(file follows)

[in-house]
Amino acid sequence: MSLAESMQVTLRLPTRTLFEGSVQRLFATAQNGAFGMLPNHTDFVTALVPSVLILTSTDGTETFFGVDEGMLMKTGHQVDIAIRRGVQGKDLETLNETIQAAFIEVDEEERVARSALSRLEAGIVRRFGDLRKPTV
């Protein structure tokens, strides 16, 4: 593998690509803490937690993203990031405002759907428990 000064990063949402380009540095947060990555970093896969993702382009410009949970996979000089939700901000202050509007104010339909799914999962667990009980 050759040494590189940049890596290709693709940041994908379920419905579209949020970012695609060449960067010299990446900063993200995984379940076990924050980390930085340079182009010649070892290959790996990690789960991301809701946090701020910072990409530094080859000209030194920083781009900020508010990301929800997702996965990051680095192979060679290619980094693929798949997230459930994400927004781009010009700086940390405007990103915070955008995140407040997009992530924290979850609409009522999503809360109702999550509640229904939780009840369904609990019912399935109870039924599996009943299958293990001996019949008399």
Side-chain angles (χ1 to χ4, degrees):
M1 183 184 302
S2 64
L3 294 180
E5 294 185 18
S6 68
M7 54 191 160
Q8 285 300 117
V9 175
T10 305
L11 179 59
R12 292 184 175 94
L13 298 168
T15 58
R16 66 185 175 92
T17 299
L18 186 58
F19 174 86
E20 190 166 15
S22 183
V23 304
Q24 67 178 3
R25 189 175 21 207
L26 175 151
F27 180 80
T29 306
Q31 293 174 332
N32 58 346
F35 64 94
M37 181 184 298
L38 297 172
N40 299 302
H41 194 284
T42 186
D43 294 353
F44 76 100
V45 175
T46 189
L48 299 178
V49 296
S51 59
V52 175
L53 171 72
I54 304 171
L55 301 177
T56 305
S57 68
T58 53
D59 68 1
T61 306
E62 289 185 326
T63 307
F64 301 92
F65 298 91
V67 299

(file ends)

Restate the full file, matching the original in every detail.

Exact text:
[in-house]
Amino acid sequence: MSLAESMQVTLRLPTRTLFEGSVQRLFATAQNGAFGMLPNHTDFVTALVPSVLILTSTDGTETFFGVDEGMLMKTGHQVDIAIRRGVQGKDLETLNETIQAAFIEVDEEERVARSALSRLEAGIVRRFGDLRKPTV
């Protein structure tokens, strides 16, 4: 593998690509803490937690993203990031405002759907428990 000064990063949402380009540095947060990555970093896969993702382009410009949970996979000089939700901000202050509007104010339909799914999962667990009980 050759040494590189940049890596290709693709940041994908379920419905579209949020970012695609060449960067010299990446900063993200995984379940076990924050980390930085340079182009010649070892290959790996990690789960991301809701946090701020910072990409530094080859000209030194920083781009900020508010990301929800997702996965990051680095192979060679290619980094693929798949997230459930994400927004781009010009700086940390405007990103915070955008995140407040997009992530924290979850609409009522999503809360109702999550509640229904939780009840369904609990019912399935109870039924599996009943299958293990001996019949008399």
Side-chain angles (χ1 to χ4, degrees):
M1 183 184 302
S2 64
L3 294 180
E5 294 185 18
S6 68
M7 54 191 160
Q8 285 300 117
V9 175
T10 305
L11 179 59
R12 292 184 175 94
L13 298 168
T15 58
R16 66 185 175 92
T17 299
L18 186 58
F19 174 86
E20 190 166 15
S22 183
V23 304
Q24 67 178 3
R25 189 175 21 207
L26 175 151
F27 180 80
T29 306
Q31 293 174 332
N32 58 346
F35 64 94
M37 181 184 298
L38 297 172
N40 299 302
H41 194 284
T42 186
D43 294 353
F44 76 100
V45 175
T46 189
L48 299 178
V49 296
S51 59
V52 175
L53 171 72
I54 304 171
L55 301 177
T56 305
S57 68
T58 53
D59 68 1
T61 306
E62 289 185 326
T63 307
F64 301 92
F65 298 91
V67 299